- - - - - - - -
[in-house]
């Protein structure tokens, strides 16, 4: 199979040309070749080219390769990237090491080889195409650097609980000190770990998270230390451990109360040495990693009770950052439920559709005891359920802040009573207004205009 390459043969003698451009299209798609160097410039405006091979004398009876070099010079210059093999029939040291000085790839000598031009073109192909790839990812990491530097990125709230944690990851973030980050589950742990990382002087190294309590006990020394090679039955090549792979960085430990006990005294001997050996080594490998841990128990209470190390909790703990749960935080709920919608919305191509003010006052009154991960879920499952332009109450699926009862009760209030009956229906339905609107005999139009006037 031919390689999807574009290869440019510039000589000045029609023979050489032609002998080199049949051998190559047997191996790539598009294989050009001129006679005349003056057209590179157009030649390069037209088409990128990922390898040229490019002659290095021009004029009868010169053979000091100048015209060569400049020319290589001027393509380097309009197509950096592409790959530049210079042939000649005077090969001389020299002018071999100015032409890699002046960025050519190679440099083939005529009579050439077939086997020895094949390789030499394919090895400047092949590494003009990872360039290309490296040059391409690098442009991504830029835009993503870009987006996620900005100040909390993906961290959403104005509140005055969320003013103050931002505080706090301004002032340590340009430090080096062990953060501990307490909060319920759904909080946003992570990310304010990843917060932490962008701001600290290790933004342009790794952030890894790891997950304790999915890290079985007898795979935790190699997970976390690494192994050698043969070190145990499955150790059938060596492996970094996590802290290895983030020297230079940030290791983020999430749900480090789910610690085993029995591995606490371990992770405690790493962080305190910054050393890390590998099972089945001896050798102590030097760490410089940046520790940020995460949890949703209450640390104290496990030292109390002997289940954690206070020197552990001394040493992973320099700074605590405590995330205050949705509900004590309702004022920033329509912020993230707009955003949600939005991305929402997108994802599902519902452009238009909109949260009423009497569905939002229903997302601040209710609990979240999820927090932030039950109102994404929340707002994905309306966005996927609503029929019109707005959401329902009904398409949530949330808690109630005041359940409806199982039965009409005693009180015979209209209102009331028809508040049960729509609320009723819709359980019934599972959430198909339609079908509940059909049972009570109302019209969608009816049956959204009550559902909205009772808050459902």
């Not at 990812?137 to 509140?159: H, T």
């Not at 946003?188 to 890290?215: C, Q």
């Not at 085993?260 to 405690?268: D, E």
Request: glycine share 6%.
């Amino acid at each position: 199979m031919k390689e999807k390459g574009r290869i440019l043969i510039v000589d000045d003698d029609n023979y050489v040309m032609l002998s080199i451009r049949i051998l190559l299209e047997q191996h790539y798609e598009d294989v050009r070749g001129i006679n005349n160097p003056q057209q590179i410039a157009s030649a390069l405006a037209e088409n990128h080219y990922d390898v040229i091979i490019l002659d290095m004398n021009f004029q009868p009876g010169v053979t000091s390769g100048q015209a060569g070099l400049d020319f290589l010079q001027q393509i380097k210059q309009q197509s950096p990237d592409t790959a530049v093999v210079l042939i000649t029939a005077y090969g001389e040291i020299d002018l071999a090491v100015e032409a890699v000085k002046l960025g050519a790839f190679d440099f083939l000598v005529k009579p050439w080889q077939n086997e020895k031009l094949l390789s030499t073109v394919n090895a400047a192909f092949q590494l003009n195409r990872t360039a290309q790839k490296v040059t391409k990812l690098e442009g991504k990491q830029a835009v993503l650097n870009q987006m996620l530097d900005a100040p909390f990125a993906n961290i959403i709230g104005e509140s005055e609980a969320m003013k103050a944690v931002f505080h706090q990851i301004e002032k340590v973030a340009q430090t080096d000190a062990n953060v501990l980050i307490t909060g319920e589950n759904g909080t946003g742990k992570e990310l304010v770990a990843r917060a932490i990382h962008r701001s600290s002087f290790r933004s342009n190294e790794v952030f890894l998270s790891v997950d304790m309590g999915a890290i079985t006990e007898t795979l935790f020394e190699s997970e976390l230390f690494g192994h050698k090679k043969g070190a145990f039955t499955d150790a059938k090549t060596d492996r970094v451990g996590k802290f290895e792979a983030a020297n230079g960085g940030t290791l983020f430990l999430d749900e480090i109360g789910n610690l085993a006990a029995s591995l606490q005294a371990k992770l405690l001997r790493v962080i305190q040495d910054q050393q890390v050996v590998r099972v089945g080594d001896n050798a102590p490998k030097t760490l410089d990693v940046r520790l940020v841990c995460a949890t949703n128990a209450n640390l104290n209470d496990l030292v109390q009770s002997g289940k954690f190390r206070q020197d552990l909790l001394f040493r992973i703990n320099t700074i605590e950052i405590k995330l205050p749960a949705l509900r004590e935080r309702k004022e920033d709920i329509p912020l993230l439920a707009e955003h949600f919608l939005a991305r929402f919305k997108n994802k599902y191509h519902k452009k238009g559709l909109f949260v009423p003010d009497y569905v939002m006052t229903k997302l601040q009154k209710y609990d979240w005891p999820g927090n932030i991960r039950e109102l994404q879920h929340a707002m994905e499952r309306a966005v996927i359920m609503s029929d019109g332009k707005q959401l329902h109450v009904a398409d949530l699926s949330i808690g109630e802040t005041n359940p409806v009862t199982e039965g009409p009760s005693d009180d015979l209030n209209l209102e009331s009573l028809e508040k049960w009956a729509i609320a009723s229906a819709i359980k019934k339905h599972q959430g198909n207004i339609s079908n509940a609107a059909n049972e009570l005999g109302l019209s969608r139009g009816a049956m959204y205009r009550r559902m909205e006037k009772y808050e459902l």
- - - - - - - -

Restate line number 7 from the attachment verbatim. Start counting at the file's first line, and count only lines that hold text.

């Amino acid at each position: 199979m031919k390689e999807k390459g574009r290869i440019l043969i510039v000589d000045d003698d029609n023979y050489v040309m032609l002998s080199i451009r049949i051998l190559l299209e047997q191996h790539y798609e598009d294989v050009r070749g001129i006679n005349n160097p003056q057209q590179i410039a157009s030649a390069l405006a037209e088409n990128h080219y990922d390898v040229i091979i490019l002659d290095m004398n021009f004029q009868p009876g010169v053979t000091s390769g100048q015209a060569g070099l400049d020319f290589l010079q001027q393509i380097k210059q309009q197509s950096p990237d592409t790959a530049v093999v210079l042939i000649t029939a005077y090969g001389e040291i020299d002018l071999a090491v100015e032409a890699v000085k002046l960025g050519a790839f190679d440099f083939l000598v005529k009579p050439w080889q077939n086997e020895k031009l094949l390789s030499t073109v394919n090895a400047a192909f092949q590494l003009n195409r990872t360039a290309q790839k490296v040059t391409k990812l690098e442009g991504k990491q830029a835009v993503l650097n870009q987006m996620l530097d900005a100040p909390f990125a993906n961290i959403i709230g104005e509140s005055e609980a969320m003013k103050a944690v931002f505080h706090q990851i301004e002032k340590v973030a340009q430090t080096d000190a062990n953060v501990l980050i307490t909060g319920e589950n759904g909080t946003g742990k992570e990310l304010v770990a990843r917060a932490i990382h962008r701001s600290s002087f290790r933004s342009n190294e790794v952030f890894l998270s790891v997950d304790m309590g999915a890290i079985t006990e007898t795979l935790f020394e190699s997970e976390l230390f690494g192994h050698k090679k043969g070190a145990f039955t499955d150790a059938k090549t060596d492996r970094v451990g996590k802290f290895e792979a983030a020297n230079g960085g940030t290791l983020f430990l999430d749900e480090i109360g789910n610690l085993a006990a029995s591995l606490q005294a371990k992770l405690l001997r790493v962080i305190q040495d910054q050393q890390v050996v590998r099972v089945g080594d001896n050798a102590p490998k030097t760490l410089d990693v940046r520790l940020v841990c995460a949890t949703n128990a209450n640390l104290n209470d496990l030292v109390q009770s002997g289940k954690f190390r206070q020197d552990l909790l001394f040493r992973i703990n320099t700074i605590e950052i405590k995330l205050p749960a949705l509900r004590e935080r309702k004022e920033d709920i329509p912020l993230l439920a707009e955003h949600f919608l939005a991305r929402f919305k997108n994802k599902y191509h519902k452009k238009g559709l909109f949260v009423p003010d009497y569905v939002m006052t229903k997302l601040q009154k209710y609990d979240w005891p999820g927090n932030i991960r039950e109102l994404q879920h929340a707002m994905e499952r309306a966005v996927i359920m609503s029929d019109g332009k707005q959401l329902h109450v009904a398409d949530l699926s949330i808690g109630e802040t005041n359940p409806v009862t199982e039965g009409p009760s005693d009180d015979l209030n209209l209102e009331s009573l028809e508040k049960w009956a729509i609320a009723s229906a819709i359980k019934k339905h599972q959430g198909n207004i339609s079908n509940a609107a059909n049972e009570l005999g109302l019209s969608r139009g009816a049956m959204y205009r009550r559902m909205e006037k009772y808050e459902l």